The second theory is that entire paradigm of televised boxing in changing. The fifteen or so dollars a month we pay for HBO and Showtime is supposed to give us the best boxing has to offer. PPV, which can cost up to $79.99 a fight, is supposed to be reserved for the two or maybe even three biggest bouts of the year. This clearly isn’t the case today, as at the halfway point of the year we’ve already had four major PPV cards, the total purchase of which would add up to nearly $400 dollars. Perhaps not surprisingly all of the PPV cards have underperformed at the box office.
But really, can we be all that surprised by this? Oscar De La Hoya who was every bit the star in 90’s and 2000’s that Mayweather is today would usually have his two major fights on PPV and third “showcase” fight on regular HBO if it didn’t meet certain standards of credibility or profile. Now, however, it’s unthinkable that Canelo Alvarez or Miguel Cotto would fight on regular cable regardless of the opponent.
Take for example a fight like Canelo-Lara; a regular Showtime fight if there ever was one, which is now dubbed worthy of a major PPV. This despite the fact that Canelo is just twenty-three, has beaten just a few world-class fighters and his opponent, Erislandy Lara, hasn’t even headlined his own premium cable card and couldn’t sell out his own backyard. Just because a fight is evenly matched doesn’t mean it’s fit for PPV – and treating it as such has long-term consequences on the sport. This many PPV cards undermines the success of legitimate PPV fights like Martinez-Cotto, which sold just 350,000 units because in a time of economic recession people can only go to the bank so many times.
HBO is not without its own guilt, as a great fight like Crawford-Gamboa, in Crawford’s hometown of Omaha, was opened up by a undercard match of such obscurity that even hardened ring scribes were left scratching their heads. What exactly were a Russian fighter, Matt Korobov, and an unknown Venezuelan, Jose Uzcategui, doing on the undercard? Predictably, the fight absolutely stunk and failed to hype the packed crowed, many of who were probably seeing live boxing for the first time, for the start of the main event. It was bush league stuff that made no sense. Wouldn’t it have been more logical to put an American fighter of some promise on the undercard?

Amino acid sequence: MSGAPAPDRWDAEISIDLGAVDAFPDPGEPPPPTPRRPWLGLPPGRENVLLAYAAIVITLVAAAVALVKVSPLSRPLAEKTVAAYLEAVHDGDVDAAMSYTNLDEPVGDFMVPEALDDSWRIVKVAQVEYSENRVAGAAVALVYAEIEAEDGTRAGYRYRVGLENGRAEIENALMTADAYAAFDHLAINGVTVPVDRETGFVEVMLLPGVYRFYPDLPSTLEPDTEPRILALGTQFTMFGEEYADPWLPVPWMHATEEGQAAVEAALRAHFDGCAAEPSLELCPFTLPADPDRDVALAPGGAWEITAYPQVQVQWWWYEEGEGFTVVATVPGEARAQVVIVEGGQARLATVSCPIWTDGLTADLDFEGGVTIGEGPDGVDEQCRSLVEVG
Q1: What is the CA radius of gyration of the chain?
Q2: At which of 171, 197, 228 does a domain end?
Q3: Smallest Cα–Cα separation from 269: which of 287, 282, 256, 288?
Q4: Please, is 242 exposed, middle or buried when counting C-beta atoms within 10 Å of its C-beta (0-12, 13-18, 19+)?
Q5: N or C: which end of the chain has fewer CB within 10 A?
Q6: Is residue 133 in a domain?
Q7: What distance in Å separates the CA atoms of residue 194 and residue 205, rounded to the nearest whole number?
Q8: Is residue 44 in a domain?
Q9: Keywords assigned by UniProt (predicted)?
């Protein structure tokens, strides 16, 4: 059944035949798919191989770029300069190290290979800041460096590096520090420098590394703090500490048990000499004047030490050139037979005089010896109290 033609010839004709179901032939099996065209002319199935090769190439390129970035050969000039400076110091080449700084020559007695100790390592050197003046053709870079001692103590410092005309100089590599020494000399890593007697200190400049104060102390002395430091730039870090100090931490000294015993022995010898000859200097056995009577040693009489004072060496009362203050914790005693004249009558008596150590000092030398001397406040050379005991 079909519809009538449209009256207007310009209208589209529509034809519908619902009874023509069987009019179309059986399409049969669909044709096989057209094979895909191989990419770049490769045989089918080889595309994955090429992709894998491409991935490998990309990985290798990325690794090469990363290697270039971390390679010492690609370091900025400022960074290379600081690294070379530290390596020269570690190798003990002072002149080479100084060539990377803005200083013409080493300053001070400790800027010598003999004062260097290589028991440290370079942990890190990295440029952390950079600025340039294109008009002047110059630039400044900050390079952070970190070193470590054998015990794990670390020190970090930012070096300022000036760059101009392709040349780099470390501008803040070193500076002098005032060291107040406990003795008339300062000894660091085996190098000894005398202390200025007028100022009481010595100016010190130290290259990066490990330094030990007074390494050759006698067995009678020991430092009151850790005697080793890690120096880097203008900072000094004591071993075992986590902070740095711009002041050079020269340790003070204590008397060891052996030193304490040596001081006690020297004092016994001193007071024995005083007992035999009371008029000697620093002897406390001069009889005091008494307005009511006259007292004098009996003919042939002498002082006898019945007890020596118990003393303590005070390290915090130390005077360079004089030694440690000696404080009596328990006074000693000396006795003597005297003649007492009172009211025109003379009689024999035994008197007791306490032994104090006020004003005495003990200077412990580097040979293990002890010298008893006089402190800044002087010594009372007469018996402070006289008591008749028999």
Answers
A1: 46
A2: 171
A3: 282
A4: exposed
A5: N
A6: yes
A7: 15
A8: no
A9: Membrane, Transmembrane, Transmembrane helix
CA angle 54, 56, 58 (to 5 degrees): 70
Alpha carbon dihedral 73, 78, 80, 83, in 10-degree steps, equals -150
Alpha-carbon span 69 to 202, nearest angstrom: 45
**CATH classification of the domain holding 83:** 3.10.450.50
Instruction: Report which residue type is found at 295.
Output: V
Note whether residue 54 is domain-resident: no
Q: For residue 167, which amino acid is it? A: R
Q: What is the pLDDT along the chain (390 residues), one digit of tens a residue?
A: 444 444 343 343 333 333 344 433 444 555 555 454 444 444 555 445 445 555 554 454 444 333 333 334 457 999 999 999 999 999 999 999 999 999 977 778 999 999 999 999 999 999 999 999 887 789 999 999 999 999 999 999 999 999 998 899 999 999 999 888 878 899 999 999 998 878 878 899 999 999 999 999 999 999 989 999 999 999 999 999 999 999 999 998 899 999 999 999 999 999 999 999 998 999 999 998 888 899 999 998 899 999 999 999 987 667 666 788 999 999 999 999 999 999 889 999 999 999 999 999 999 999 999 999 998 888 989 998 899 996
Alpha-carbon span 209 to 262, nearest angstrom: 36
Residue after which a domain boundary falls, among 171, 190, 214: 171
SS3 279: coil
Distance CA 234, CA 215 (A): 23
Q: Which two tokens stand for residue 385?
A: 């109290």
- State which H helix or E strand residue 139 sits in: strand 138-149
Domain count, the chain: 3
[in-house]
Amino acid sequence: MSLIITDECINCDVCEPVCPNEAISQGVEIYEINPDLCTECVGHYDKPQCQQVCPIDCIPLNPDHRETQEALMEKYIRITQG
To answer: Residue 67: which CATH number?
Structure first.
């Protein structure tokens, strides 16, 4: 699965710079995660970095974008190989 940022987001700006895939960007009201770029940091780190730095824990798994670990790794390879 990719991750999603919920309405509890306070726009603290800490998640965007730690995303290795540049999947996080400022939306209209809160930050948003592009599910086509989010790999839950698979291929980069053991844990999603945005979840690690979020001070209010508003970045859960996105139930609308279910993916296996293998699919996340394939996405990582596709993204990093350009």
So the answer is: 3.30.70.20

Remember when a salivating matchup like Marco Antonio Barrera-Kennedy McKinney was a headliner on, of all things, Boxing After Dark? These days we’re saddled with matchups like Geale-Barker, two foreign fighters who battled in utter obscurity in front an estimated crowd of less than a thousand people in Atlantic City on HBO in 2013.
The days of dynamic matches between two prominent fighters on premium cable seems to be growing thinner by the day. Instead we are increasingly getting matchups that feature a star fighter against a hand-picked opponent, in what amounts to grooming exercise for PPV.
Traditionally tune-up fights have been an important part of boxing because staying busy helps keep a fighter sharp until something bigger comes along. However, in the days when most top fighters box just three times a year the means simply don’t justify the ends.